Another US blow to multilateralism
Chaitanya Netkalappa Dec 16 2017, 1:05 IST
The collapse of Buenos Aires WTO talks reflects poorly on US policy, which still denies food security to billions.
The US and India, at the helm of the developed nation and developing nation blocs, respectively, have been engaged in a fight at the World Trade Organisation (WTO) over the issue of trade-distorting agricultural subsidies that has culminated in a collapse of talks at the recently concluded 15th ministerial conference in Buenos Aires, Argentina.
The negotiations were on the subject of developing countries’ food procurement subsidies that are capped at 10% of the total value of agricultural production based on 1986-88 prices. The developing countries argued that the base year prices are 30 years old and need to be revised in order to meet their countries’ food security needs, particularly with India adopting the Right to Food Act, 2013, that increased the level of government support for food procurement activities substantially.
Indeed, recent reports, particularly as characterised by Washington, suggest that India exceeds its 10% cap substantially and will continue to do so. Food Corporation of India (FCI) purchases soared from $5.5 billion in 2003-2004 to $14 billion in 2012-2013, and averaged $14.6 billion annually in 2011-2014.
Therefore, since 2012, proposals and counter-proposals to resolve the issue of government food subsidies have been put forth both by developing and developed nation blocs. Developing countries’ proposals have included revising and increasing the base year prices, as commodity prices have generally risen since 1986, and allowing developing countries with an inflation rate of over 5% to adjust how they calculate subsidies, thereby avoiding lawsuits. Developed countries killed both proposals.
Finally, a peace clause was adopted at the 2013 Bali conference, wherein legal action was barred, first for four years and then indefinitely (until another solution was found) against programmes that stockpiled food for food security purposes.
That solution was to come in this recently concluded ministerial conference round at Buenos Aires. India’s stand has been that a permanent solution to the food stockpiling issue was a must and that the conference would be a failure without it, indeed jeopardising the credibility of the WTO itself as an institution.
America, however, has rejected any permanent solution and blocked a proposal from India and South Africa that would include in the declaration a promise to resolve unresolved issues from previous rounds.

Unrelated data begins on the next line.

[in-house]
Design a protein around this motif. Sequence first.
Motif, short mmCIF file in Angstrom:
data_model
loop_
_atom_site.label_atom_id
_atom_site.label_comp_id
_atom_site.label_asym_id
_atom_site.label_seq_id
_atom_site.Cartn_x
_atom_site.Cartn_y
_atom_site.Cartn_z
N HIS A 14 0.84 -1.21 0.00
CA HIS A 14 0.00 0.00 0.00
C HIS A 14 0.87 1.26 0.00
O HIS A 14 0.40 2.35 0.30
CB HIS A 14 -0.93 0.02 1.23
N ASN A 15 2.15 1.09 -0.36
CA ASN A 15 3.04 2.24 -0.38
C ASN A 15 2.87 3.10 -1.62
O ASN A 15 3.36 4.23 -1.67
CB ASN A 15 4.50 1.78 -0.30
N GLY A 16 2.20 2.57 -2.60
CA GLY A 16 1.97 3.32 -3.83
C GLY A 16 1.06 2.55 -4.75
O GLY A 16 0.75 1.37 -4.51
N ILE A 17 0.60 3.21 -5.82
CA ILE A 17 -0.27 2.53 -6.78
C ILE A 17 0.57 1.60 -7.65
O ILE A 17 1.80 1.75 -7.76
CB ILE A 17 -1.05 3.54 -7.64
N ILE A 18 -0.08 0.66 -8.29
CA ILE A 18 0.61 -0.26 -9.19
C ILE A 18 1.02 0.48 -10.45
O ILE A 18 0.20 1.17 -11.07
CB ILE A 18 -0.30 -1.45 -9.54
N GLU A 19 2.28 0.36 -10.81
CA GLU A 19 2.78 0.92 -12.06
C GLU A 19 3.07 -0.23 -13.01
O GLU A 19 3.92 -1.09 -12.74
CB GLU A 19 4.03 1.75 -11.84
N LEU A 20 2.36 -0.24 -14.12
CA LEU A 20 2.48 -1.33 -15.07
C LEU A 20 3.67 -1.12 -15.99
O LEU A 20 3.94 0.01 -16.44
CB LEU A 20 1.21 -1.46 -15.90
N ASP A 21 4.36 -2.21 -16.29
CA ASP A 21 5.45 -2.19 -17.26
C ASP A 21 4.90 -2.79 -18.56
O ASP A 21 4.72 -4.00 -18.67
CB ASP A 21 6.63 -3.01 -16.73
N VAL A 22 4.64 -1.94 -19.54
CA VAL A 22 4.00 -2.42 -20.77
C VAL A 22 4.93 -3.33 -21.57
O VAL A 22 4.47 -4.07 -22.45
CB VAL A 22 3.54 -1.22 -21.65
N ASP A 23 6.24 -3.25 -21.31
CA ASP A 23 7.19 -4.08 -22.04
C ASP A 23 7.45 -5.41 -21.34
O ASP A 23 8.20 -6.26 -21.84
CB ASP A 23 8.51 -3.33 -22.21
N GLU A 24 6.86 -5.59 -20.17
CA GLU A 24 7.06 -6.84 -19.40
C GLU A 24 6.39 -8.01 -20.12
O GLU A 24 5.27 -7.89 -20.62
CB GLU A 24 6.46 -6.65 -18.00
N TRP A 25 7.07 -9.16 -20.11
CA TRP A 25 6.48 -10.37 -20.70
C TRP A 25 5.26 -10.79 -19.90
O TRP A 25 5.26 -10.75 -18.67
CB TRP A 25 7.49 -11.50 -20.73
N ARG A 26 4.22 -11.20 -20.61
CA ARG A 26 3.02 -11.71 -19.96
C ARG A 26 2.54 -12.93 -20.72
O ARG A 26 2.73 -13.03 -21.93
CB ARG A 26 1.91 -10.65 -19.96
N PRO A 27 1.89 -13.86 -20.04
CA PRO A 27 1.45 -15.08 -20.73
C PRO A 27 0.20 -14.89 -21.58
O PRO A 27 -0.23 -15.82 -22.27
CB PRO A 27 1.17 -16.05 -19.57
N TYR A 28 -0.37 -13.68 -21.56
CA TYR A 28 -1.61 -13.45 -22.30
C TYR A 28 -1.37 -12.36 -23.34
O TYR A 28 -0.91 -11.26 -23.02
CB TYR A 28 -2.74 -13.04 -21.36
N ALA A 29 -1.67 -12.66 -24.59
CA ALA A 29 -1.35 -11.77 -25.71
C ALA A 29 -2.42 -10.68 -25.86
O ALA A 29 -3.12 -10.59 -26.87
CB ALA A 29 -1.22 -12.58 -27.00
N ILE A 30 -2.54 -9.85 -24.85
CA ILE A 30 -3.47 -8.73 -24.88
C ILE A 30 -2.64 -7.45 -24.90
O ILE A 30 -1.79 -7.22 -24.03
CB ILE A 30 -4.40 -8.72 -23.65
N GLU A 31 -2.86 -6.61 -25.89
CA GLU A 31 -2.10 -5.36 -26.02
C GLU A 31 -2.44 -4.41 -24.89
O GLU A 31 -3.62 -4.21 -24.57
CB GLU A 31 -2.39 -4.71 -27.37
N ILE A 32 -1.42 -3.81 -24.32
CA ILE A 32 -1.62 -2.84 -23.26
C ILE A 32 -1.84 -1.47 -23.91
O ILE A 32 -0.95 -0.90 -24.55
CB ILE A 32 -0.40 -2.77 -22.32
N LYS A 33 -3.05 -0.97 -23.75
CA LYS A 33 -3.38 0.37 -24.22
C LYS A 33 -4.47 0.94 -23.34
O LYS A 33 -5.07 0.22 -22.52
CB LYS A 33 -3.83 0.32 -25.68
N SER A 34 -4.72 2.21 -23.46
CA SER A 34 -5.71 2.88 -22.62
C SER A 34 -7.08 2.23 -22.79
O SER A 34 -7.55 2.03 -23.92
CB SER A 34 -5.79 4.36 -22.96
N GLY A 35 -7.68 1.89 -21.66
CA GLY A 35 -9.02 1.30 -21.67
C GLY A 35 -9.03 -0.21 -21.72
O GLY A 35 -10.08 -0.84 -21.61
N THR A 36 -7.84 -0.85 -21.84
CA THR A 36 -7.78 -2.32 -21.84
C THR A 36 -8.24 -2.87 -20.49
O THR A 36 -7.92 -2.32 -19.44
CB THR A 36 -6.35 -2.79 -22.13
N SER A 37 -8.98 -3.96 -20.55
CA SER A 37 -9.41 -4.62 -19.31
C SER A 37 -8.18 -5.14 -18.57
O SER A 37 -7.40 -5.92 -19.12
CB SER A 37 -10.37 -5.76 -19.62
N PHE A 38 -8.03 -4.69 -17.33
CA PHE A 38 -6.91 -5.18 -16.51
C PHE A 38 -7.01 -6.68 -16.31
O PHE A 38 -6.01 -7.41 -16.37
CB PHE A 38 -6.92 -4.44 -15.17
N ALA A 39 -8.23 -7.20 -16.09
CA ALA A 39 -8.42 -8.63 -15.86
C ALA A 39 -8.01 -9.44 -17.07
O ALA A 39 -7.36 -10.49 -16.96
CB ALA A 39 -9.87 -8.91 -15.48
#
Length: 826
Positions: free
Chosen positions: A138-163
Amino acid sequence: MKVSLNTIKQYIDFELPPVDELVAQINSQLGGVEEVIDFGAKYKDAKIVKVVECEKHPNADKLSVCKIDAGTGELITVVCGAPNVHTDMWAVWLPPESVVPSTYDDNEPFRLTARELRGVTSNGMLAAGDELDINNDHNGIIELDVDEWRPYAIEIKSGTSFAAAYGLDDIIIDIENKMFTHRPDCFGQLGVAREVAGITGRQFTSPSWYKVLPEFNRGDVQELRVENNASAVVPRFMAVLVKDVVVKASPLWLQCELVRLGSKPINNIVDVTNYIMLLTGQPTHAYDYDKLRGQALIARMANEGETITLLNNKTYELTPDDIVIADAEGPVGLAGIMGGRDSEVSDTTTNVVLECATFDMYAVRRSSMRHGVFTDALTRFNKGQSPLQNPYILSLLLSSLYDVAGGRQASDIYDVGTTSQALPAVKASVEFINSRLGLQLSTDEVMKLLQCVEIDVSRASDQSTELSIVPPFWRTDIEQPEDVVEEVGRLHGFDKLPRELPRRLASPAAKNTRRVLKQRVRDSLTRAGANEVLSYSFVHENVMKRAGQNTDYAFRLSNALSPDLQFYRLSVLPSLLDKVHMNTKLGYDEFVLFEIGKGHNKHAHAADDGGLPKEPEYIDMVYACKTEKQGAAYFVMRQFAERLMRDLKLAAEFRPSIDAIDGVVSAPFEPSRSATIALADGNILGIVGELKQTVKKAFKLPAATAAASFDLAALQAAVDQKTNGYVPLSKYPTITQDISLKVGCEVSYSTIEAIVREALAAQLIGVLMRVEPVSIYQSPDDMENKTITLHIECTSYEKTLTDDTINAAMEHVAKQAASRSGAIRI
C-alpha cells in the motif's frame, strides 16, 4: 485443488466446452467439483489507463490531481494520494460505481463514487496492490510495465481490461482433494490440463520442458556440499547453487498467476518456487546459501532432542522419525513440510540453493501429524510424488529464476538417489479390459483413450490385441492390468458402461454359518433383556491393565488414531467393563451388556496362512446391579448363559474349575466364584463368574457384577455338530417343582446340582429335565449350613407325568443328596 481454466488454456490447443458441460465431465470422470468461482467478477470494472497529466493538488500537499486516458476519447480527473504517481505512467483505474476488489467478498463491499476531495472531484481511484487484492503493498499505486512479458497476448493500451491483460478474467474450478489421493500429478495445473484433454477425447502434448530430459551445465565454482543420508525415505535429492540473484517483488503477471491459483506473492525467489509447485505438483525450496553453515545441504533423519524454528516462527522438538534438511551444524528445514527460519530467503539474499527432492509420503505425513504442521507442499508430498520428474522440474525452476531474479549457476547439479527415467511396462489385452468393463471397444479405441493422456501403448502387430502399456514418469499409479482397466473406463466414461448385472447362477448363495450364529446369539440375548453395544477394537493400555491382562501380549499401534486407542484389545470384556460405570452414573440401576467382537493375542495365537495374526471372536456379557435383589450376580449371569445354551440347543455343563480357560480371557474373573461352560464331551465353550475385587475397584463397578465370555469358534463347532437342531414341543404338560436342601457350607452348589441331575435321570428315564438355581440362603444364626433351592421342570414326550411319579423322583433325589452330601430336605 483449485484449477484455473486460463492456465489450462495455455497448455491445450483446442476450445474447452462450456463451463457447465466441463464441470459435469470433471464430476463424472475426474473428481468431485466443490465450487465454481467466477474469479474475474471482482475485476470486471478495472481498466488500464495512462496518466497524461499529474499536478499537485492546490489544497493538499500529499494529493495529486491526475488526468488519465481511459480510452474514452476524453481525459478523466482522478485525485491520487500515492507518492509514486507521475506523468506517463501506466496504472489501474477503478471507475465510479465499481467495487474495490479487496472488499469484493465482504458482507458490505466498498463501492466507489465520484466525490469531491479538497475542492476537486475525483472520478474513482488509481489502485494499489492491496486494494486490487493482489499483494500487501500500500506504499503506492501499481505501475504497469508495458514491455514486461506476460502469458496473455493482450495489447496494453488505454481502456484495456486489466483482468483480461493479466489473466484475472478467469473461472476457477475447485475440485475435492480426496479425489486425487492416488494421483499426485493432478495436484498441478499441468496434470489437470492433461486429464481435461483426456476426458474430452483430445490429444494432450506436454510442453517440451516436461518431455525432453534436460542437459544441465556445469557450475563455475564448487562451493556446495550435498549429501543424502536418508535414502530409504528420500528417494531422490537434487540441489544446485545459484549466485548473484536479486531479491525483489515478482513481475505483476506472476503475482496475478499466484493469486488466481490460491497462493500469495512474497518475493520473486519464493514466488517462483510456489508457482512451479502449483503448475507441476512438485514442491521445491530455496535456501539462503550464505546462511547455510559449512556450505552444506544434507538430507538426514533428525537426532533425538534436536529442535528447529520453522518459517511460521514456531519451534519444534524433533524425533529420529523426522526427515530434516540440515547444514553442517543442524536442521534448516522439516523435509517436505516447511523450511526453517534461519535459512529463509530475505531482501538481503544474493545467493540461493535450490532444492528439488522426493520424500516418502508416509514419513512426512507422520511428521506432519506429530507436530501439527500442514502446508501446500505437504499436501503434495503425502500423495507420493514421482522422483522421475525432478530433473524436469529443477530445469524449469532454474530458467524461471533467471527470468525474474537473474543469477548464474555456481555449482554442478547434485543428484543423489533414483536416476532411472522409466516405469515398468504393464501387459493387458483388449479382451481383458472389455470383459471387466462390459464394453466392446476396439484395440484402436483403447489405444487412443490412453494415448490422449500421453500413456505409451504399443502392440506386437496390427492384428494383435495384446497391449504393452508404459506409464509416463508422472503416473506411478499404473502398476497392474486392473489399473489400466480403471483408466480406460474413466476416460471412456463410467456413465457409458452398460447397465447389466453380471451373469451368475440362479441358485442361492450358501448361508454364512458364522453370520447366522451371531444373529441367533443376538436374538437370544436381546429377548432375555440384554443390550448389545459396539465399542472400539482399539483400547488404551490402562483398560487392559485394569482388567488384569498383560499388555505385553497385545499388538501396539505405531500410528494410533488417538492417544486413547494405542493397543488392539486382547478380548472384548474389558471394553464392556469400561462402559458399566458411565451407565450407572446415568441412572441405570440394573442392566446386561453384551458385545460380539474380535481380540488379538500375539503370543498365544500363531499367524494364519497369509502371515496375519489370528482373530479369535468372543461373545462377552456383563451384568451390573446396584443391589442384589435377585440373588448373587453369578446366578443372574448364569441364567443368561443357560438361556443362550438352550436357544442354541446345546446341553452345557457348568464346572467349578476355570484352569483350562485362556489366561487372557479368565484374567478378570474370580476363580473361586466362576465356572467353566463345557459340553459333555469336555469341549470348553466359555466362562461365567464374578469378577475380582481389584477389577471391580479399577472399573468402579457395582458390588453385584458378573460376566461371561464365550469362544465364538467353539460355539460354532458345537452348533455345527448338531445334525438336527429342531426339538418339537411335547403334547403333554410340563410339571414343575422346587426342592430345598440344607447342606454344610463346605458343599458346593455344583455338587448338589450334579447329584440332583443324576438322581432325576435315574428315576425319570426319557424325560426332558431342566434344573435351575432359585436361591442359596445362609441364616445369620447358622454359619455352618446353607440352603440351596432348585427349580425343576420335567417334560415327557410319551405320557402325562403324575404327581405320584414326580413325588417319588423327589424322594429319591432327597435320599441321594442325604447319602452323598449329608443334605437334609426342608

In New Delhi, a Commerce ministry statement said, “Due to divergences among members,
and a few members not supporting acknowledgement and reiteration of key underlying principles guiding the WTO and various agreed mandates, ministers could not arrive at an agreed ministerial declaration,” and settled for a non-binding statement.
These key underlying principles, according to India, include “multilateralism, rule-based consensual decision-making, an independent and credible dispute resolution and appellate process, the centrality of development, which underlines the Doha Development Agenda (DDA) and special and differential treatment for all developing countries.”
The sub-text of the collapse of talks at the WTO obviously regards the US intransigence about multilateral agreements affecting the vast majority of countries, particularly in the developing world, coming, as it has, close on the heels of the Trump administration pulling out of the Paris Agreement on climate change.
The US line seems to be that China and India ought not to be considered developing countries given the size of their economies and the impact they have on issues such as trade and climate. India, however, argues that while it is a large economy, a large section of its population lives below the poverty line and therefore differential treatment is warranted.
America seems to be questioning the very legitimacy of international organisations, as it recently pulled out of UNESCO, accusing it of an anti-Israel bias, and questioned the decision-making capacity of the WTO. Also, it blocked the nomination of judges to the appellate body, thus creating a paralysis in the dispute settlement system of the organisation.
This trend is worrisome as it undermines the very credibility of multilateral organisations that are crucial to human progress, particularly for much of the developing world, which often bears the brunt of US policy.
The deadlock also seems to be permanent, at least until a new American president, who is more amenable to diplomacy, is sworn in, though even then progress is uncertain with a major party (the Republicans) dead against fair deals and compromises, even to the extent of denying the effects of human activity in climate change.
Indeed, without naming the US, a commerce ministry statement on Tuesday said, India is “surprised and deeply disappointed” that despite an overwhelming majority of members reiterating for a permanent solution, a major member-country has reneged on a commitment made two years ago to deliver a solution of critical importance for addressing hunger in some of the poorest countries of the world.”
This is a poor reflection on US policy and could reflect a setback, indeed a breakdown, in the functioning of one of the world’s premier multilateral organisations.